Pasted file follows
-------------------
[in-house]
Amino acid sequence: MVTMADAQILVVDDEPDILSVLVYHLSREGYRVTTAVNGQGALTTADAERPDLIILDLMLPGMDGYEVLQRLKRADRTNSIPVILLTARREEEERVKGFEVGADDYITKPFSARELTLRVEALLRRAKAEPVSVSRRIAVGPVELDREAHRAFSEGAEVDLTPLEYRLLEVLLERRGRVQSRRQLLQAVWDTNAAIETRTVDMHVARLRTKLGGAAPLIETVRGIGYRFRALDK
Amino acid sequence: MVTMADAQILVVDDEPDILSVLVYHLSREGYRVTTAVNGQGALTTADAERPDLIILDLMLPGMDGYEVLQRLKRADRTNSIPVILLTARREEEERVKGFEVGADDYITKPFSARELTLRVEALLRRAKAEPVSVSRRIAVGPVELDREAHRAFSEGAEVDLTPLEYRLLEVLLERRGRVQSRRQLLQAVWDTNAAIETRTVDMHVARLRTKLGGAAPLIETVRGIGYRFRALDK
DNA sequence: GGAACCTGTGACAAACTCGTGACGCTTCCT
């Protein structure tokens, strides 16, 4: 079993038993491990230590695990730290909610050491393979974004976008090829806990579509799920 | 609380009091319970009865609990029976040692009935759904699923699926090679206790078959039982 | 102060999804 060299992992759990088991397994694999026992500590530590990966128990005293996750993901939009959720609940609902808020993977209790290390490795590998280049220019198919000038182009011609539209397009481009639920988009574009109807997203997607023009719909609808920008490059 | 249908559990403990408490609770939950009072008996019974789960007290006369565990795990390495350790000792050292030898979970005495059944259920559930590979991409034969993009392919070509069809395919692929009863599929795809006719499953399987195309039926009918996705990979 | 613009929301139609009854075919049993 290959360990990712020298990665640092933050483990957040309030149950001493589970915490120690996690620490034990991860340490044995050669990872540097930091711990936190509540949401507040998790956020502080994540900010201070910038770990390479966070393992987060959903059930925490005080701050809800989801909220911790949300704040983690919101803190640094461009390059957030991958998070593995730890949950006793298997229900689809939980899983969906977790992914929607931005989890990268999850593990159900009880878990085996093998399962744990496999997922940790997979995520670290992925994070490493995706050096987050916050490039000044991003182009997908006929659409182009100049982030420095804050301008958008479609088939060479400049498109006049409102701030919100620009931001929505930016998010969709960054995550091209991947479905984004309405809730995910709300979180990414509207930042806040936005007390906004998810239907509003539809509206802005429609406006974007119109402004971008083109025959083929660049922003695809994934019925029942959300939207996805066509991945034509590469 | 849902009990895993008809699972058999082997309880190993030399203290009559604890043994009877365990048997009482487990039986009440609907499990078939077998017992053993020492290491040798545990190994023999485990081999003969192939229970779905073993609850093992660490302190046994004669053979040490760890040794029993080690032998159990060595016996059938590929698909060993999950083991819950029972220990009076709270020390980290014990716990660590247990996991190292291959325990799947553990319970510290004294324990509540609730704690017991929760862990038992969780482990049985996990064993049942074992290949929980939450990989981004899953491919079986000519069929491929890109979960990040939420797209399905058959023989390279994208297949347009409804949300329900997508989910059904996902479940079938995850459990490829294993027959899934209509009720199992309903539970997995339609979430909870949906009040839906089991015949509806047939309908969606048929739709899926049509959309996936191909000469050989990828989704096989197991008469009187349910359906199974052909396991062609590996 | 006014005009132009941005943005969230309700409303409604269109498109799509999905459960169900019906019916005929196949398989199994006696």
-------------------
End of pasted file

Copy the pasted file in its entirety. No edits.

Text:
[in-house]
Amino acid sequence: MVTMADAQILVVDDEPDILSVLVYHLSREGYRVTTAVNGQGALTTADAERPDLIILDLMLPGMDGYEVLQRLKRADRTNSIPVILLTARREEEERVKGFEVGADDYITKPFSARELTLRVEALLRRAKAEPVSVSRRIAVGPVELDREAHRAFSEGAEVDLTPLEYRLLEVLLERRGRVQSRRQLLQAVWDTNAAIETRTVDMHVARLRTKLGGAAPLIETVRGIGYRFRALDK
Amino acid sequence: MVTMADAQILVVDDEPDILSVLVYHLSREGYRVTTAVNGQGALTTADAERPDLIILDLMLPGMDGYEVLQRLKRADRTNSIPVILLTARREEEERVKGFEVGADDYITKPFSARELTLRVEALLRRAKAEPVSVSRRIAVGPVELDREAHRAFSEGAEVDLTPLEYRLLEVLLERRGRVQSRRQLLQAVWDTNAAIETRTVDMHVARLRTKLGGAAPLIETVRGIGYRFRALDK
DNA sequence: GGAACCTGTGACAAACTCGTGACGCTTCCT
């Protein structure tokens, strides 16, 4: 079993038993491990230590695990730290909610050491393979974004976008090829806990579509799920 | 609380009091319970009865609990029976040692009935759904699923699926090679206790078959039982 | 102060999804 060299992992759990088991397994694999026992500590530590990966128990005293996750993901939009959720609940609902808020993977209790290390490795590998280049220019198919000038182009011609539209397009481009639920988009574009109807997203997607023009719909609808920008490059 | 249908559990403990408490609770939950009072008996019974789960007290006369565990795990390495350790000792050292030898979970005495059944259920559930590979991409034969993009392919070509069809395919692929009863599929795809006719499953399987195309039926009918996705990979 | 613009929301139609009854075919049993 290959360990990712020298990665640092933050483990957040309030149950001493589970915490120690996690620490034990991860340490044995050669990872540097930091711990936190509540949401507040998790956020502080994540900010201070910038770990390479966070393992987060959903059930925490005080701050809800989801909220911790949300704040983690919101803190640094461009390059957030991958998070593995730890949950006793298997229900689809939980899983969906977790992914929607931005989890990268999850593990159900009880878990085996093998399962744990496999997922940790997979995520670290992925994070490493995706050096987050916050490039000044991003182009997908006929659409182009100049982030420095804050301008958008479609088939060479400049498109006049409102701030919100620009931001929505930016998010969709960054995550091209991947479905984004309405809730995910709300979180990414509207930042806040936005007390906004998810239907509003539809509206802005429609406006974007119109402004971008083109025959083929660049922003695809994934019925029942959300939207996805066509991945034509590469 | 849902009990895993008809699972058999082997309880190993030399203290009559604890043994009877365990048997009482487990039986009440609907499990078939077998017992053993020492290491040798545990190994023999485990081999003969192939229970779905073993609850093992660490302190046994004669053979040490760890040794029993080690032998159990060595016996059938590929698909060993999950083991819950029972220990009076709270020390980290014990716990660590247990996991190292291959325990799947553990319970510290004294324990509540609730704690017991929760862990038992969780482990049985996990064993049942074992290949929980939450990989981004899953491919079986000519069929491929890109979960990040939420797209399905058959023989390279994208297949347009409804949300329900997508989910059904996902479940079938995850459990490829294993027959899934209509009720199992309903539970997995339609979430909870949906009040839906089991015949509806047939309908969606048929739709899926049509959309996936191909000469050989990828989704096989197991008469009187349910359906199974052909396991062609590996 | 006014005009132009941005943005969230309700409303409604269109498109799509999905459960169900019906019916005929196949398989199994006696």